The questions are already starting. Has Nnamdi Asomugha (-5.0) always been a poor tackler and it’s only just being noticed, since he’s being targeted more often or has he regressed? Can he only play man because from what we’ve seen to date he struggles in zone? Whatever the final answer is deemed to be the current state of play has him badly underperforming his contract and showing real tentativeness in his coverage.
Another two missed tackles and numerous completions aside, perhaps the play that best demonstrates his lack of confidence was the dump off to Kendall Hunter that resulted in a 44 yard gain. If you can tell me what he has in mind as he passes off his man and then runs backwards towards the right sideline, you’re clearly more in touch with zone concepts than me because my take on that is he hadn’t a clue what he was doing.
3) Down but Not Out
Michael Vick (+6.6) may have been better advised last week to just keep his mouth shut and play, because when he does just play, he does it very well indeed. The Eagles may have lost this game but that’s not really on him. Yes the pass that Carlos Rogers intercepted was a forced affair, as was the one which Reggie Smith dropped with 7:07 left in the fourth, but overall he overcame a lot of pressure (both physically and mentally) to put his team in a great position to win. The way he escapes the rush will always make the highlight reels, (particularly if he then turns a sack into a TD as he did in the first quarter on his throw to Clay Harbour) but he throws a very nice pass from the pocket too when given time and some of his downfield throws on post routes were of the highest quality. When you take away the batted passes, times he was hit as he threw, dropped passes and throw-aways he only missed on eight of 46 throws and that is usually enough to get it done.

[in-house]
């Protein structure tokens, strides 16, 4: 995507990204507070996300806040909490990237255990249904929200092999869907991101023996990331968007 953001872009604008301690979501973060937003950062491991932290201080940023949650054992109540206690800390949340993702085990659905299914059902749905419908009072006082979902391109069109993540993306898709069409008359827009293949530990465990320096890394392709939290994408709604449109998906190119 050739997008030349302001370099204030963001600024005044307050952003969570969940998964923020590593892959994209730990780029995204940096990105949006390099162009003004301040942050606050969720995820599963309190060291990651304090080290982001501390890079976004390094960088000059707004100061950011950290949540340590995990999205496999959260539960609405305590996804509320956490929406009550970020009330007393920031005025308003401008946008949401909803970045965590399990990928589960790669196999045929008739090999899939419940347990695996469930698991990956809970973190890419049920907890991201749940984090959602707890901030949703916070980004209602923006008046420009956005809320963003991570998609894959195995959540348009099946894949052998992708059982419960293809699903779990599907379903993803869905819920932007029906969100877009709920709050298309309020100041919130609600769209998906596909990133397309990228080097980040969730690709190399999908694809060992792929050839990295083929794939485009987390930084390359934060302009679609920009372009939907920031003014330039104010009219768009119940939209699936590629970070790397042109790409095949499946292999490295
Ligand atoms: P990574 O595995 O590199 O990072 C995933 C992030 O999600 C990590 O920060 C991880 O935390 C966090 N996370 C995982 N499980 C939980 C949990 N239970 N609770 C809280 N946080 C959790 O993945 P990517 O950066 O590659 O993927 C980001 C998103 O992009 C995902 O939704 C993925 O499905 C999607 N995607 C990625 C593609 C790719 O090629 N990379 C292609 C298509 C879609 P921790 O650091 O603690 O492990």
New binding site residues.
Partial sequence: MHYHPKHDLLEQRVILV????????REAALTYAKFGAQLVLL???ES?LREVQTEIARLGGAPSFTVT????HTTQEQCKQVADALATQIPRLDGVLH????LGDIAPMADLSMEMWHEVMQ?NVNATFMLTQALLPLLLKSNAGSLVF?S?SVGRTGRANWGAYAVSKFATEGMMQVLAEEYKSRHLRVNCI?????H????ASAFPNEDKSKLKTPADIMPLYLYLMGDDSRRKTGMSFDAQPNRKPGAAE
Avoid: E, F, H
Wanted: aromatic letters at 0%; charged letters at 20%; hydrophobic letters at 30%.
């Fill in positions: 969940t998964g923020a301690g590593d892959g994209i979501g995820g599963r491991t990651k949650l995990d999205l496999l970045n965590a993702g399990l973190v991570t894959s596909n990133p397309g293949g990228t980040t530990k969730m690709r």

● Alex Smith threw only six times over 10 yards but completed all but one of those passes.
● Ray McDonald played every one of the 72 snaps San Francisco was on defense.
● Isaac Sopoaga played eight snaps at FB, more than a third of what he played on defense.
PFF Game Ball
Frank Gore, HB, San Francisco 49ers
For toughing it out, making a difference when it counted and finishing off the game with some tough running.